Iran Appears Poised to Go on the Cyber Offensive

6 MINS READJun 18, 2020 | 09:00 GMT
A desalination plant in Tel Aviv, Israel.
(Pallava Bagla/Corbis via Getty Images)

The shift to trying to physically damage targets via cyberattacks threatens local and Western companies in the Mideast, and critical infrastructure worldwide....

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Continued U.S. sanctions and Israel's aggressive strategy against Iran in Syria and Iraq have backed Iran into a corner, forcing it to become more aggressive in its counterstrategy. In 2019, Iran made a significant shift in its asymmetric strategy in the Persian Gulf and on the Arabian Peninsula when it launched missile, drone and bombing attacks that inflicted significant damage on regional oil exports and Saudi Arabia's oil industry. Now it appears that Iran may be making the same shift toward inflicting physical damage using cyberattacks as well. Such a shift would entail a significantly higher risk of further cyberattacks on Arab, U.S., Israeli and other Western companies operating in the region, as well as for critical infrastructure worldwide. 
In April, Iranian-backed cyber actors targeted Israeli water infrastructure in an attack that could have increased the amount of chlorine to dangerous levels. The Israel National Cyber Directorate stopped the attack when operators noticed that water pumps were malfunctioning. While few details about the incident have emerged, the hackers apparently deployed malware targeting the plant's industrial control systems' programmable logic controllers once they gained entry into the network. 
Prior to April's attack, Iran's offensive cyber operations did not damage critical civilian infrastructure but rather focused on deleting data and records and on accessing information, but April's cyberattack was intended to significantly physically damage and disrupt Israel's water supply. Iran has spent years attempting to gain entry to critical infrastructure and developing the necessary cyber tools to target industrial control systems to damage infrastructure and economic targets.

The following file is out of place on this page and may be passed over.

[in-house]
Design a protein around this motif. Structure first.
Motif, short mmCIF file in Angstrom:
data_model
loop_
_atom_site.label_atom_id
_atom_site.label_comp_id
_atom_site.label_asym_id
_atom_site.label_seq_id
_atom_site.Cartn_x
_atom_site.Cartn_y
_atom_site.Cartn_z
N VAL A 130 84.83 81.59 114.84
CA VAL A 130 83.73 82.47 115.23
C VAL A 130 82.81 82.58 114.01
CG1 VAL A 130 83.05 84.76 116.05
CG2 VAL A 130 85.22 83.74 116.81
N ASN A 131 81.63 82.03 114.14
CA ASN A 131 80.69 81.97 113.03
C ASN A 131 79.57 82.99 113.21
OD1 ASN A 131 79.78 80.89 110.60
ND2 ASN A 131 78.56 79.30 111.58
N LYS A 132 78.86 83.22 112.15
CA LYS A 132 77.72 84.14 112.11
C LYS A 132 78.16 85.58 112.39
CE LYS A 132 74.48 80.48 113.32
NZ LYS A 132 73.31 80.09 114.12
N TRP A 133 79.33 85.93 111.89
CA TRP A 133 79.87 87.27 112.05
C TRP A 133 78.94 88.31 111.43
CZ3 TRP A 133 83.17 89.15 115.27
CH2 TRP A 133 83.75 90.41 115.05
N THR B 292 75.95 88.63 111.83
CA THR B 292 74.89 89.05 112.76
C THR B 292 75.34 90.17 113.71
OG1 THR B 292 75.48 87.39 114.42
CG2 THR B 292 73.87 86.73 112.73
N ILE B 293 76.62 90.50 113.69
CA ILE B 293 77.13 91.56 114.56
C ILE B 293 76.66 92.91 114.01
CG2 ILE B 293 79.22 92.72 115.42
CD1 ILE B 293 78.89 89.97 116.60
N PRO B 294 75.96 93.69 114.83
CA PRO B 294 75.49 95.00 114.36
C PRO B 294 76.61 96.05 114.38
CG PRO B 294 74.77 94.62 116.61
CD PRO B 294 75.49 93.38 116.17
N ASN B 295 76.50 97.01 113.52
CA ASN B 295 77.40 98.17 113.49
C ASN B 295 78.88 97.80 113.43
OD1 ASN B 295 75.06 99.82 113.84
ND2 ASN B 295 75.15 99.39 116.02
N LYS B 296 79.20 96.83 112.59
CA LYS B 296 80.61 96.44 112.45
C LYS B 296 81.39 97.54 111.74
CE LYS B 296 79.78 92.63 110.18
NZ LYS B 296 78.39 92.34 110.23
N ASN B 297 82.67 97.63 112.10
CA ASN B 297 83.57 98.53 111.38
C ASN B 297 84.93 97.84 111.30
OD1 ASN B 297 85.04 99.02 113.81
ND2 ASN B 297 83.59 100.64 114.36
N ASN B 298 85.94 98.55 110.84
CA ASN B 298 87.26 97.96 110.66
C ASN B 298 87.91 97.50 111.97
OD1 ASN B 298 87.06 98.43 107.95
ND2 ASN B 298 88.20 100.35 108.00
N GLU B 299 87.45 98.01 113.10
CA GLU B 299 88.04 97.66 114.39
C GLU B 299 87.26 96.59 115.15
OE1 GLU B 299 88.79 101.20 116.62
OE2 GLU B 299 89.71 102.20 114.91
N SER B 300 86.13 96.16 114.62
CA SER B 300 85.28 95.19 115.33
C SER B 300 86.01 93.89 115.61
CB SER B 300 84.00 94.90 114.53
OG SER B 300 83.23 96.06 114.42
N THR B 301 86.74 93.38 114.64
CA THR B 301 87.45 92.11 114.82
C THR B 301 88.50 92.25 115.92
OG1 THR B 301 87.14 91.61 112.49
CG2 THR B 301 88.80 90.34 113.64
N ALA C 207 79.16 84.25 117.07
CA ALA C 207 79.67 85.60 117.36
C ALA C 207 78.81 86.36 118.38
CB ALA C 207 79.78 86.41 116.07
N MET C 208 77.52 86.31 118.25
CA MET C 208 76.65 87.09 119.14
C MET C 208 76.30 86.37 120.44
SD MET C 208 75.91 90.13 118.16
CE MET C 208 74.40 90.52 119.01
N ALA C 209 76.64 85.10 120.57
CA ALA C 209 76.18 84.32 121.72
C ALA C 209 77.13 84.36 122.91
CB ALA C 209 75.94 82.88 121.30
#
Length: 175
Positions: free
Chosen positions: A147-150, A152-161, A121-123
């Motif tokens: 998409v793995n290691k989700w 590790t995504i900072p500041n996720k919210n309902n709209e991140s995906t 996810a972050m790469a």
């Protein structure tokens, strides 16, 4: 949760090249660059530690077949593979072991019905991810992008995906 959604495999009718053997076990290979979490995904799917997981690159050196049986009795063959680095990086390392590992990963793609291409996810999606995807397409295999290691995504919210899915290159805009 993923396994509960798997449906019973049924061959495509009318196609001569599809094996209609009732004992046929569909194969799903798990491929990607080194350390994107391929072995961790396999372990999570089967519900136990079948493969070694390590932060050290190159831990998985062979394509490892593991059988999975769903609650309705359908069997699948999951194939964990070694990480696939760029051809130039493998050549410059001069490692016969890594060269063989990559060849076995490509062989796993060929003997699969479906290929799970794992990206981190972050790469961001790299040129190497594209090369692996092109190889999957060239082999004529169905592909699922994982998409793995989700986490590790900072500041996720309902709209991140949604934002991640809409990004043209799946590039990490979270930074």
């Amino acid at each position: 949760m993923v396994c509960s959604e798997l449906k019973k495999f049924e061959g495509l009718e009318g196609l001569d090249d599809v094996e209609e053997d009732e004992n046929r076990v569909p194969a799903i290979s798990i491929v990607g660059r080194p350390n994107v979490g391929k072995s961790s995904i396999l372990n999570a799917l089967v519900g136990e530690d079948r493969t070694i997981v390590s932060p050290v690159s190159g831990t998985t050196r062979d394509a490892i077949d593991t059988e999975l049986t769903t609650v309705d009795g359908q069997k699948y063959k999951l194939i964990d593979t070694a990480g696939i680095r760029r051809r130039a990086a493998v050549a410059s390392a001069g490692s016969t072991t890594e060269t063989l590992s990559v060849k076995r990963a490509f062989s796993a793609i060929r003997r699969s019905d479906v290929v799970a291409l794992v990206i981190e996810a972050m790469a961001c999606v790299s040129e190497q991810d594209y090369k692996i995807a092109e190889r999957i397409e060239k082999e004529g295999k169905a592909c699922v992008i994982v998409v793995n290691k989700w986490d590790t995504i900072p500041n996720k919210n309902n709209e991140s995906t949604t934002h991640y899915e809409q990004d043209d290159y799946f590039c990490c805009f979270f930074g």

• Iran saw firsthand what offensive cyber operations can cause when the Stuxnet virus, likely the work of Israel and the United States, caused significant damage to Iran's nuclear program when it targeted enrichment activities and centrifuges in 2010.

A 2016 U.S. indictment highlighted Iran's attempt to gain entry into a U.S. dam, and Iranian-backed hackers have increasingly tested for vulnerabilities in, and tried to gain entry to, critical infrastructure in Bahrain, Israel and other countries.

If Iran's attempts to disrupt critical infrastructure continue, it will force other countries to respond in kind to maintain some level of deterrence — risking continued tit-for-tat escalation.

Tehran now appears to have both the willingness and capability to conduct attacks on industrial control systems in response to the significant economic damage inflicted on it by U.S. sanctions, and to accept the associated risk with using destructive offensive cyberattacks. Last November, cybersecurity researchers noted that the Iranian-backed hacking group, APT33 (aka Elfin, aka Refined Kitten), had increasingly been focusing its efforts on infiltrating critical infrastructure networks, leading to speculation that Iran would try to deploy Shamoon or other malware or viruses to target industrial control systems. This follows a shift in Iran's military activity last year when it went from merely threatening to shut down the Strait of Hormuz and harassing the U.S. Navy in the Persian Gulf to actually planting mines on commercial tankers and conducting drone and missile strikes against Saudi Arabia's oil industry. Iran has not carried out similar missile and drone attacks since last September, likely over fears of escalation to military conflict, but may be assessing that cyber activity reduces the risk of rapid escalation and carries less risk of direct military conflict even though it carries a higher risk of retaliatory cyberattacks.